Sunday, June 14, 2009

Video Killed the Painting Star

Maybe a bit of an exaggeration, but anyone cruising the listings for grants, fellowships, and calls for work would have noticed the plethora of opportunities for video artists and other experimental media. I can understand the increased need for funds in this medium simply for no other reason than the fact that a video artist can't really sell the piece and consequently pay their rent with the proceeds. Still, it would be nice if most video/experimental work wasn't just some wanker jumping around with a camcorder while filming.

So what do you think is going to happen with video art? I have been having this discussion with a few people lately and I have a few predictions (anyone want to make bets?). First of all, as technology continues to become more and more mainstream, just using technology will not be significant enough to serve as the conceptual justification or qualifier to make something art. Essentially, no one will see the use of video as experimental or cutting edge anymore; it will just be a medium and it will be judged by how effectively that medium communicated the artist's intent and the artist's skill. With any luck, that will weed out most of the crappy videos.

And then the next new thing will come along and dominate the art funds. I have no idea what that could be. I feel like we have covered just about everything, except for animal artists. That would be amusing. The old, crazy cat lady would now be a leading patron of the arts. So go tape a crayon to your kitty's paw and get him started making you millions.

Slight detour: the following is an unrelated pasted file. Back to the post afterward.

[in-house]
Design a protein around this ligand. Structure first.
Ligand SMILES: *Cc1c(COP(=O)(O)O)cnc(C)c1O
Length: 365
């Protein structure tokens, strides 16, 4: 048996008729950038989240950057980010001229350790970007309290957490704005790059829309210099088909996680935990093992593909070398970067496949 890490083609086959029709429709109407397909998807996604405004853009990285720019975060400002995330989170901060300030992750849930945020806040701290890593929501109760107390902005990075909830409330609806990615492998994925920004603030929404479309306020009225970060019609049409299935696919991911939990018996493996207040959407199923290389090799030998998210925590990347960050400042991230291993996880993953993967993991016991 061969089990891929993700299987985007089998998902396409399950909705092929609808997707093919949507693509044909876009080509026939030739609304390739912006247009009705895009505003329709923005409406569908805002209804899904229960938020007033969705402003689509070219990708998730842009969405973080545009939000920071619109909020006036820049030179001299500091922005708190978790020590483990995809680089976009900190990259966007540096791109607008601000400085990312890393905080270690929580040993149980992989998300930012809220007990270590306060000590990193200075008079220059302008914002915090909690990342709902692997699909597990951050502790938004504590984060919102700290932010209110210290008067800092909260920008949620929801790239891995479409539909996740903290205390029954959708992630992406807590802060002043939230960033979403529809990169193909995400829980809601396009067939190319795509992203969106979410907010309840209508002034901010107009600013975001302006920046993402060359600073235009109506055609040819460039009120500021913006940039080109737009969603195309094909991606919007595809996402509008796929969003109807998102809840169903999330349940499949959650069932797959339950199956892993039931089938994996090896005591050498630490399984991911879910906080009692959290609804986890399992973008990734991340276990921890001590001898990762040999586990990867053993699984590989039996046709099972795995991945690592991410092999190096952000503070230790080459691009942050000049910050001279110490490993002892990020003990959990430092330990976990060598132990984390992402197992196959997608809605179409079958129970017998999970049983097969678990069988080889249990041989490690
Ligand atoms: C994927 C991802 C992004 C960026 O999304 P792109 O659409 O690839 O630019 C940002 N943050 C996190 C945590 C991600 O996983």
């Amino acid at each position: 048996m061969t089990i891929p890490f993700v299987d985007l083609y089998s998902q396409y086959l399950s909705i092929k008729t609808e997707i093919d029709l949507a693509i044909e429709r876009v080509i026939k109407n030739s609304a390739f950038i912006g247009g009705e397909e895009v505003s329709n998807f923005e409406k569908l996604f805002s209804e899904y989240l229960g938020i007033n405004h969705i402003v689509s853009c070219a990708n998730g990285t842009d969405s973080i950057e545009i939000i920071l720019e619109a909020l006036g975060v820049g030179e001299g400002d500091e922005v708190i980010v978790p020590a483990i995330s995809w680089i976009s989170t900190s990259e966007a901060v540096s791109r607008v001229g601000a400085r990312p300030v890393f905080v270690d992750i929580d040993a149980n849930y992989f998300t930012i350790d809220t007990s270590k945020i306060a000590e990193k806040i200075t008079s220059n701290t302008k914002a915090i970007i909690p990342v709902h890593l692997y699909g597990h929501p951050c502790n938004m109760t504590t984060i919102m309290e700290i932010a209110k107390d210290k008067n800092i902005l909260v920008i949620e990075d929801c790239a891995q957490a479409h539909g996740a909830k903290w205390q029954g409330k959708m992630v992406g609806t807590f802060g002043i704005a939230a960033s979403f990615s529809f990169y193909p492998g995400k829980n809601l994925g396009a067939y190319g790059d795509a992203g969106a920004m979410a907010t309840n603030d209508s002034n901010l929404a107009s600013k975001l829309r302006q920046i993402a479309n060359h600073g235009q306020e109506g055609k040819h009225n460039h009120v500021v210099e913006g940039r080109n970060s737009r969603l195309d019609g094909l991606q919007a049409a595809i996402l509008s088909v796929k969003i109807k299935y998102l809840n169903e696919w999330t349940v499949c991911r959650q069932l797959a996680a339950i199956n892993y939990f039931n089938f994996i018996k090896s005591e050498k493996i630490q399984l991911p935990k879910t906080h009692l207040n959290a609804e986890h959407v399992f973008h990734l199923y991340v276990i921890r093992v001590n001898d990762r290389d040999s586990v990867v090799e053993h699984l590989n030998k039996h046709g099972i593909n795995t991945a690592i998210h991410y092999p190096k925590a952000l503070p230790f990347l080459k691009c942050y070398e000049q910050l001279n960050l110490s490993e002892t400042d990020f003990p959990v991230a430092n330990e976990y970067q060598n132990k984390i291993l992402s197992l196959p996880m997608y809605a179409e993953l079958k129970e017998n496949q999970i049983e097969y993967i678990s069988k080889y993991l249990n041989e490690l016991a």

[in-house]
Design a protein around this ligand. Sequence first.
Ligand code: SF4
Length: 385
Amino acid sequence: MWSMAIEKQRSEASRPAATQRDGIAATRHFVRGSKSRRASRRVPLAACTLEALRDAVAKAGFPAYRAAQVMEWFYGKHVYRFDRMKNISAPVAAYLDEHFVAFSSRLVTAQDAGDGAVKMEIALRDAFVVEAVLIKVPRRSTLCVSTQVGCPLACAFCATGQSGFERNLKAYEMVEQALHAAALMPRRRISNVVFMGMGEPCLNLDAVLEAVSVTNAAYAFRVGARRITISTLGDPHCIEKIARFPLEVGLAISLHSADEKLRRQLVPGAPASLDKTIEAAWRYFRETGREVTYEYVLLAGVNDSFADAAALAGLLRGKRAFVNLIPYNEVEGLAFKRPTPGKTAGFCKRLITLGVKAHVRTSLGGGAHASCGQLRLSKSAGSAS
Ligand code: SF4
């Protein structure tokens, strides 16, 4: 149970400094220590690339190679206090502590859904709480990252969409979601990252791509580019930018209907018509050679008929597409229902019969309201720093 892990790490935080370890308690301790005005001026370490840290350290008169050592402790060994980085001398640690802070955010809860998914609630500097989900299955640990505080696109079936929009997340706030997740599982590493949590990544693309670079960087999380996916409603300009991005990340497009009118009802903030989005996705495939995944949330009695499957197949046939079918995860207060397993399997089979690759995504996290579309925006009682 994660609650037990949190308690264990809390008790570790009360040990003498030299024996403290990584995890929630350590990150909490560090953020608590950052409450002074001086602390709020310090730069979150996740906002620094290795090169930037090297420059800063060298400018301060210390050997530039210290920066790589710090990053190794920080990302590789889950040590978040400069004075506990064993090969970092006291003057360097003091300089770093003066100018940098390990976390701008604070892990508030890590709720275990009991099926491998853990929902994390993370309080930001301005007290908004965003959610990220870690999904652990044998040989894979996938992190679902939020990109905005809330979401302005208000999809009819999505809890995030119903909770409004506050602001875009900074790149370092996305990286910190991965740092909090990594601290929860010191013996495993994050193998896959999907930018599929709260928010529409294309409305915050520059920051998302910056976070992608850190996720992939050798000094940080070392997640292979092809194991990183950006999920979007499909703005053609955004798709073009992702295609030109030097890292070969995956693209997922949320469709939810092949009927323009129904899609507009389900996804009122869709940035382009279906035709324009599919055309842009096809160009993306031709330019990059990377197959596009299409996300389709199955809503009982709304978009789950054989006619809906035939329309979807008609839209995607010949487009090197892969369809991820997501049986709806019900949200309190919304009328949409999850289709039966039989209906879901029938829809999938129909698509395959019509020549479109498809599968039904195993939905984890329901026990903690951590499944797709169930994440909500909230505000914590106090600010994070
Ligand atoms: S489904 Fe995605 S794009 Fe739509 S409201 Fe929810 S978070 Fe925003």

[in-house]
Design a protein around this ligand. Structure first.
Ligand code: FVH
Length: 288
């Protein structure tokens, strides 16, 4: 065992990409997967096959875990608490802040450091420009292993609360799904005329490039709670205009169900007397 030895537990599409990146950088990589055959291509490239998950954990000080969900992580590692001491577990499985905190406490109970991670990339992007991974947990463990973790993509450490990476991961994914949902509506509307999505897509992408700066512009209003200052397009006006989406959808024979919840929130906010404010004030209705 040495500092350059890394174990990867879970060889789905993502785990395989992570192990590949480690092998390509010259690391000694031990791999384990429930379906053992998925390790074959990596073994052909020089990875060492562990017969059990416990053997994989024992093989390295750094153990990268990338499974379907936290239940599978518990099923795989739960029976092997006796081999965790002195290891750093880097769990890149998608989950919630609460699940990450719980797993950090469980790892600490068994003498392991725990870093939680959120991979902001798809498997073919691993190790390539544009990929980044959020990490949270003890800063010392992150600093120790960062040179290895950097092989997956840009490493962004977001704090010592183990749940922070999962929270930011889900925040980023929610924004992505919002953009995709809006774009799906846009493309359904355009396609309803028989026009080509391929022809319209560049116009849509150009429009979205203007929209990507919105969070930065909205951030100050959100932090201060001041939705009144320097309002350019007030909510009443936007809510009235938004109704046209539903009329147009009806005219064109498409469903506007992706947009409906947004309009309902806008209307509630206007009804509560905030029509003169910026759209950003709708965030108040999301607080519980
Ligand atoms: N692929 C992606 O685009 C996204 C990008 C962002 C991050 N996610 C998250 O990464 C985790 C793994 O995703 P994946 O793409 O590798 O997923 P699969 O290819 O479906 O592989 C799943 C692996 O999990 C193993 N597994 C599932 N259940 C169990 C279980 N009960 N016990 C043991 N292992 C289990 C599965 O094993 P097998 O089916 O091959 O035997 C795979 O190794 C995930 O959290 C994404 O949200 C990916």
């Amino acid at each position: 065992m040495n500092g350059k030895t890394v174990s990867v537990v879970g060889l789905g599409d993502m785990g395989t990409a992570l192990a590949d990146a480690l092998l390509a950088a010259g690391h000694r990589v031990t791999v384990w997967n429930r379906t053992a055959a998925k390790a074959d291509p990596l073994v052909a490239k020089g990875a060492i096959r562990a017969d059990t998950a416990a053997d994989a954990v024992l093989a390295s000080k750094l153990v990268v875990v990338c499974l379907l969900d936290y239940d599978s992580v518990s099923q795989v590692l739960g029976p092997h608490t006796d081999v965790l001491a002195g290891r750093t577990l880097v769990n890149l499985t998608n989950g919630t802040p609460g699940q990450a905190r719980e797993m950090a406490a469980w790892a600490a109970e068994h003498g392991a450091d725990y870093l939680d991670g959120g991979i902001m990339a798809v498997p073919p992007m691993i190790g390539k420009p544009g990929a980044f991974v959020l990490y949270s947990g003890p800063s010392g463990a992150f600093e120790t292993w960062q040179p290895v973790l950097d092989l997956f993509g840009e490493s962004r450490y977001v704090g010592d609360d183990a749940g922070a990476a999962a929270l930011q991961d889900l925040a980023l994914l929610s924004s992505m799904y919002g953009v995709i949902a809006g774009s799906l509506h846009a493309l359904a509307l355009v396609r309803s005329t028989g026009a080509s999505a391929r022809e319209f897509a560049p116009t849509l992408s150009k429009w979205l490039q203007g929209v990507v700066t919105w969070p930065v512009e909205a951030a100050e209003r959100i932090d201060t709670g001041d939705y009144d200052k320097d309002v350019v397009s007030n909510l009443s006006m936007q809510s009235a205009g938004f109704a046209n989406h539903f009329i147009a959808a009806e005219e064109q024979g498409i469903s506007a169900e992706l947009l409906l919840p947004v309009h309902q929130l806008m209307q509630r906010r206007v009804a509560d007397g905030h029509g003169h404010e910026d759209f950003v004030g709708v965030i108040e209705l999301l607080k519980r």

1. Also interesting with video art are the problems with longevity and preservation, especially in such a quickly changing medium. What happens when your video art VHS from the 70s degrades, or when your VCR that's part of the piece breaks? Replace it with a DVD (followed by whatever's next) and lose its historical context? Classify it as performance, so whenever the components die the piece dies with it?

    I too look forward to the day that crappy video art fizzles out, but I don't know that it will come soon enough.

    Keep up the good work ladies!

  2. Allison Here:

    Excellent point on the preservation, Claire.

    But think on the bright side; you could start up a video art preservation business and just let the bad videos eat themselves. If only all bad art could eat itself....

    Thanks for reading!!

  3. I think that whenever I set up shop, I'm going to have "If only all bad art could eat itself" as my slogan.

    I'm sure someone has done it already, but maybe I could watch videos degrade and call it a performance. Grantworthy, no?